A chance to hear the latest on employment, property, corporate and restructuring and insolvency and to ask questions and share your opinions.
DATE: Thursday 7 May 2020, 10:00am - 11:00am- delivered via Zoom Video Conference
Terms and conditions (“T&Cs”) are the bedrock of any commercial agreement. Whilst parties to commercial agreements are looking to establish and cultivate productive and profitable relationships, they are also concerned with limiting their risk of loss in the event of a dispute and/or insolvency of the other party. It is, therefore, wise to make sure that you get your T&Cs recorded in writing and that this document is clear and certain because any ambiguities can result in decisions being made in quite the opposite direction to which you had envisaged when you entered into the agreement. Once you have your standard T&Cs in place you should make sure they are reviewed on a regular basis in order to ensure that they do what they are meant to and that is protect you.
Retention of Title
The recent insolvency proceedings of corporate giants such as Carillion and Toys “R” Us are a reminder of how even the mighty can fall. Suppliers of goods/stock to those companies may be concerned with the Retention of Title (“RoT”) provisions in their T&Cs.
The RoT clauses that suppliers in similar positions should be checking their T&Cs for provide that title of the goods does not pass to the recipient until payment for those goods has been received in full by the supplier who retains legal ownership of the goods until this payment has been received. Furthermore, suppliers should also make sure that they are entitled to enter any relevant premises so that they may recover the goods from the party that has failed to pay. If a party has become insolvent, arranging and paying for deliveries to return stock is not going to be a priority, and in some cases a possibility, for them, so suppliers need to be able to go in and retrieve the items they own.
When a company enters insolvency proceedings the appointed administrators have a duty to gather in monies due to the company and to safeguard any company assets. Goods and stock held by the company will be sold off to generate cash to enable it to pay off its creditors. Without an agreement specifying otherwise, there is a risk that administrators may operate on the basis that goods in the company’s possession are legally owned by the company and therefore it is entitled to maximise any income, where it can, to improve the company’s financial position. The burden would then be on the supplier to prove that title did not pass and that it is the rightful owner of the goods. This exercise can be costly and involve significant effort.
Limitation of Liability – Royal Devon
Each party to a commercial contract will seek to limit the degree to which it is liable for breach of the contract. This is part of the agreement process but it is an area that requires careful negotiation and clear drafting to record the parties’ intentions without any ambiguity. This is something that is not always a straightforward task as was highlighted by the recent case of Royal Devon and Exeter NHS Foundation Trust v ATOS IT Services UK Ltd  (“Royal Devon”). In this case the High Court (“HC”) and, later, the Court of Appeal (“CA”) were asked to consider the limitation of liability clauses of a contract for the provision of an internal computer system which was alleged to be defective. The value of the contract was in the region of £5 million, however, the Trust claimed damages for breach of contract in the sum of £7.9 million. The key wording of the limitation clause was:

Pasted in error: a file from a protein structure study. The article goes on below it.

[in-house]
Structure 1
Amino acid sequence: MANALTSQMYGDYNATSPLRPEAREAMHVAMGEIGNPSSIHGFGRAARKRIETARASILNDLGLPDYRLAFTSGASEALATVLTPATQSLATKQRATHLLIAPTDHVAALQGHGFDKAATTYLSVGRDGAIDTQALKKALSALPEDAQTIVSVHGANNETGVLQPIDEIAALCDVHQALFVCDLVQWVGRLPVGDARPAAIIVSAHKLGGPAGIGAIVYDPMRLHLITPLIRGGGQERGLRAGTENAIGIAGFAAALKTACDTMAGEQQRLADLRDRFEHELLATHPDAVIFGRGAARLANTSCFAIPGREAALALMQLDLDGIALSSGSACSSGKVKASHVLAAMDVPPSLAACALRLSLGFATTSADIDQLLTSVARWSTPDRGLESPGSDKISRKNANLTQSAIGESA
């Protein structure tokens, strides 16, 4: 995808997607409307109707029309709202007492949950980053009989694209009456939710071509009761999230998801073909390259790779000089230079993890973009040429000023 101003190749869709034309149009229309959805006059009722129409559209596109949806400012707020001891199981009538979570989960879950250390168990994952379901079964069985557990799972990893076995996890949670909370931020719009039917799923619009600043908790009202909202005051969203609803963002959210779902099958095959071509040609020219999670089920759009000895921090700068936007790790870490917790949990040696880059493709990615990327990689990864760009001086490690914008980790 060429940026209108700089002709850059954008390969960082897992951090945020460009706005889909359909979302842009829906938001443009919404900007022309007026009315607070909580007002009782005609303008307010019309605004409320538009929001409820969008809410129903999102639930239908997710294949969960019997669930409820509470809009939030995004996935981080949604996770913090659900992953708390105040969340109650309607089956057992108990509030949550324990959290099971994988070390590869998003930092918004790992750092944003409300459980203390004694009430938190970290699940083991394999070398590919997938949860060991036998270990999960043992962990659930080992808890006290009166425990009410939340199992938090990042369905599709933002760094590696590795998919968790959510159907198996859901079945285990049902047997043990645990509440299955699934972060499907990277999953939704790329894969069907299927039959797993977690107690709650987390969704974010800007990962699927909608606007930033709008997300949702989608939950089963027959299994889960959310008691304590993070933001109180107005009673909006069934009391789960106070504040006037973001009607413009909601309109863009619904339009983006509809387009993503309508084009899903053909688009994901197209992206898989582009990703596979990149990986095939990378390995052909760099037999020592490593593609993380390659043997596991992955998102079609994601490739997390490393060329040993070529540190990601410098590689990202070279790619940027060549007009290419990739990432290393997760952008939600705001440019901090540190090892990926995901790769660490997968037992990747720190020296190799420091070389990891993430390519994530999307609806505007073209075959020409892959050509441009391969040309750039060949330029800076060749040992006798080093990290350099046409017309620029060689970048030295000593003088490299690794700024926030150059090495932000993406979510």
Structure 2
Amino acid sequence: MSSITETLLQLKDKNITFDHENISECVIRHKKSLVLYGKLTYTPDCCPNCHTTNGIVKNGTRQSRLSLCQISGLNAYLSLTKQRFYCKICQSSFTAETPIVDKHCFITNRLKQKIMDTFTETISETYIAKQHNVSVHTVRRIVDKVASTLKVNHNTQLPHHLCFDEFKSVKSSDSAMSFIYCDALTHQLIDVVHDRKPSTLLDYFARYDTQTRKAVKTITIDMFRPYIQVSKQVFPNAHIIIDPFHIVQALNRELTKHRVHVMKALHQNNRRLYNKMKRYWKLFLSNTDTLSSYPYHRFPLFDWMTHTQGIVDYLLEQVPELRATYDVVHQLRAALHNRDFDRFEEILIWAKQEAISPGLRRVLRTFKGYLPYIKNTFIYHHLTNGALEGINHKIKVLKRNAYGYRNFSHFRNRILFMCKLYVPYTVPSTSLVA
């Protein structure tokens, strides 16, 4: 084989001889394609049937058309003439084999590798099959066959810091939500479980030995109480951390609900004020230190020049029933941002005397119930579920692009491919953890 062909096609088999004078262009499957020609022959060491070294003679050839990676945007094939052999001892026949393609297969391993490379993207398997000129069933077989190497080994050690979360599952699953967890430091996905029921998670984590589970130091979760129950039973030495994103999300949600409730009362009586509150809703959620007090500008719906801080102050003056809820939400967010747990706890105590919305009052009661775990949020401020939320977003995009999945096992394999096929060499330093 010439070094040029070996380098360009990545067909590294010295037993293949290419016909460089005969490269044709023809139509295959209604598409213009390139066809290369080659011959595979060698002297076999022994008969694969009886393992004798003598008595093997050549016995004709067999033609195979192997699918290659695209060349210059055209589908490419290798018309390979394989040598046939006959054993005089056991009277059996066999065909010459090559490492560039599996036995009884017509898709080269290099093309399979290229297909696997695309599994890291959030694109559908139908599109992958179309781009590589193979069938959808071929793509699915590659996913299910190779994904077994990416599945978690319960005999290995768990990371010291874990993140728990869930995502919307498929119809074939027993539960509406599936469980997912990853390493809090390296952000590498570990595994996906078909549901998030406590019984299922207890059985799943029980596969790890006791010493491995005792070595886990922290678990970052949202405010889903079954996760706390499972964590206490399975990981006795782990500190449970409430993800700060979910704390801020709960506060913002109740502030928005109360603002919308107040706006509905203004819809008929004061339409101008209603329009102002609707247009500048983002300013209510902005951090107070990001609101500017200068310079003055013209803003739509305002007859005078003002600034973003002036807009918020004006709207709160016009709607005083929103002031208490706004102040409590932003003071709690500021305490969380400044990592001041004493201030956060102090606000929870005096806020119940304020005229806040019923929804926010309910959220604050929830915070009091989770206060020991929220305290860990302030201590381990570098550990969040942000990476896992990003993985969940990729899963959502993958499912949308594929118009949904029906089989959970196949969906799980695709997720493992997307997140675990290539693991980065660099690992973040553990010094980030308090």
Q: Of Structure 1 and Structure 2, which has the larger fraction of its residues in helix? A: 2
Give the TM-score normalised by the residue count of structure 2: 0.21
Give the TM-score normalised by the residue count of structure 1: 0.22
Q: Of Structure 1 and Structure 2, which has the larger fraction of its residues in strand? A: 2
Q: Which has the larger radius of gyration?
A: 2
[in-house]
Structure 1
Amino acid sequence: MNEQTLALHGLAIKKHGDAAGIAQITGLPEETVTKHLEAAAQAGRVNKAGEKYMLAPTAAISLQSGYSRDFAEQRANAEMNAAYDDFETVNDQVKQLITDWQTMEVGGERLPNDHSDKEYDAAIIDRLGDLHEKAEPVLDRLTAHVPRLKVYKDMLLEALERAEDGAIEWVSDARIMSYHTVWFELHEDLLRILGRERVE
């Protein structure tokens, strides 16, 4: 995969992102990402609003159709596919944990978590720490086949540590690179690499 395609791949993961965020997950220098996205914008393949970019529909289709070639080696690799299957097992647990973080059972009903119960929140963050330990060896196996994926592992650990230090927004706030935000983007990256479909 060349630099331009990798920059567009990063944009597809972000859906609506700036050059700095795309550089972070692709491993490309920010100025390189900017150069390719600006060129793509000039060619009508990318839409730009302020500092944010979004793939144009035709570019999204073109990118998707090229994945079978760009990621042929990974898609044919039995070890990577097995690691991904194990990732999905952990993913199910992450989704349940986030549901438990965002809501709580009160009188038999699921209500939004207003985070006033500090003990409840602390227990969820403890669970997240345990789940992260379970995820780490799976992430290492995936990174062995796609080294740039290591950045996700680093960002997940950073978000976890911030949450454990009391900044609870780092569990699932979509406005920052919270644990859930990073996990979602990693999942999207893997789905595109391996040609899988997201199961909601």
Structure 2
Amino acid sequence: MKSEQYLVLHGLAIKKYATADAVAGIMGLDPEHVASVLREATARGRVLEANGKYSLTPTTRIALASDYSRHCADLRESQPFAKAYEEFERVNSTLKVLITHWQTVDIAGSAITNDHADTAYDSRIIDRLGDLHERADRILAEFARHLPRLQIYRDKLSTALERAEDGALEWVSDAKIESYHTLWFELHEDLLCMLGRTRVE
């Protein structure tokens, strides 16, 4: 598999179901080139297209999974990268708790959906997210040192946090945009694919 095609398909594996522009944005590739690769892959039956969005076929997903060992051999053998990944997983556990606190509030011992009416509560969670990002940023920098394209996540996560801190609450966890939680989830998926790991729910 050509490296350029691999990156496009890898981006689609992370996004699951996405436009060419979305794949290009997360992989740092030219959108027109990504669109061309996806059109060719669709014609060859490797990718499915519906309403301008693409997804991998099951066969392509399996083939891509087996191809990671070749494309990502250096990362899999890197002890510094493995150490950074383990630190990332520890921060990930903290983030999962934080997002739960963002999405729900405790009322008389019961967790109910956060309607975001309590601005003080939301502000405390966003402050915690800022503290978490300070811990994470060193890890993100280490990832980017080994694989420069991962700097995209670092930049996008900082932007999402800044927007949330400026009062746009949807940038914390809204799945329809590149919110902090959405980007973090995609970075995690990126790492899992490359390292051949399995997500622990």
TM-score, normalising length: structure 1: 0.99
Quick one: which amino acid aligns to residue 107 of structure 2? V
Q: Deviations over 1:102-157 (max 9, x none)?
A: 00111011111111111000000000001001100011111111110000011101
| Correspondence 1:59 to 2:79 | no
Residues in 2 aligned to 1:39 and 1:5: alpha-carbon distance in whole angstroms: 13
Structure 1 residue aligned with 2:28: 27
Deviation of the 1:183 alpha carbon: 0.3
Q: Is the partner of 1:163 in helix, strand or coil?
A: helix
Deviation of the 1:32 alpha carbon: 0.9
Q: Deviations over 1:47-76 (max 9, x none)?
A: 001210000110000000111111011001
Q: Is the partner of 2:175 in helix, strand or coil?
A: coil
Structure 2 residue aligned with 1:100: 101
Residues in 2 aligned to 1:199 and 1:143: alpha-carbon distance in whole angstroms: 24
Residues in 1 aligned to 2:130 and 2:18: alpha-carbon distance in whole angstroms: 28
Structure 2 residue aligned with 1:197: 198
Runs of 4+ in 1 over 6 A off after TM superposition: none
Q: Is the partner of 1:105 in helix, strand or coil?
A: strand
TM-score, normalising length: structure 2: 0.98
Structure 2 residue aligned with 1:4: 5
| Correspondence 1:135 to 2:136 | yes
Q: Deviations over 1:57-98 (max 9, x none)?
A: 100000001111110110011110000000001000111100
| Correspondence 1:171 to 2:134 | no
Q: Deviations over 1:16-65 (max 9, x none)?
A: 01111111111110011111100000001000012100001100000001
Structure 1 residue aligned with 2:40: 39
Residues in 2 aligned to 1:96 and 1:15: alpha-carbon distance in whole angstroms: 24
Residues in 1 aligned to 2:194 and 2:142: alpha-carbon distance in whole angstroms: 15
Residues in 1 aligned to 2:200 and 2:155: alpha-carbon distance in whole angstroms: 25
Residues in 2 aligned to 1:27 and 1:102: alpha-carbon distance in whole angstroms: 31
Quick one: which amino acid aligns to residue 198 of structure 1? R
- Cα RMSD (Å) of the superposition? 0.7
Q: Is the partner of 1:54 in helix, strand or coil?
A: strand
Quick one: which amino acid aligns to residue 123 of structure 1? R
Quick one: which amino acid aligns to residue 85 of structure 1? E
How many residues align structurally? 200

“9.2 The aggregate liability of the Contractor … shall not exceed:
9.2.1 for any claim arising in the first 12 months of the term of the Contract, the Total Contract Price; or
9.2.2 for claims arising after the first 12 months of the Contract, the total Contract Charges paid in the 12 months prior to the date of that claim”
The court was asked to decide whether there was just one aggregate cap that was determined by the timing of the defect; or two separate caps (i) one for any defects occurring in the first year – capped at the Total Contract Price and (ii) another for any defects occurring in subsequent years – capped at the lower amount of the Contract Charges paid in the previous 12 months.
At the first instance the HC found there was just the one cap, however, on appeal the CA pointed out that the high value work would have been carried out in the early stages when any defects would have been more likely to have costly consequences and therefore the cap ought to be the greater one of the Total Contract Price. In the years following the work carried out should have been lower value and, therefore, less costly.
The CA’s decision has the potential to place a party in a position where it is liable for twice the amount of the Total Contract Price, which seems harsh and some might say does not sit comfortably with good business practice. However, “Dura Lex Sed Lex” (“the law is harsh, but it is the law”) so take care not to find yourself in the same position as the defendant in Royal Devon.
The Corporate and Commercial team at Hughes Paddison are here to help you with all your business needs so give us call on 01242 574244 or contact Jon Rathbone.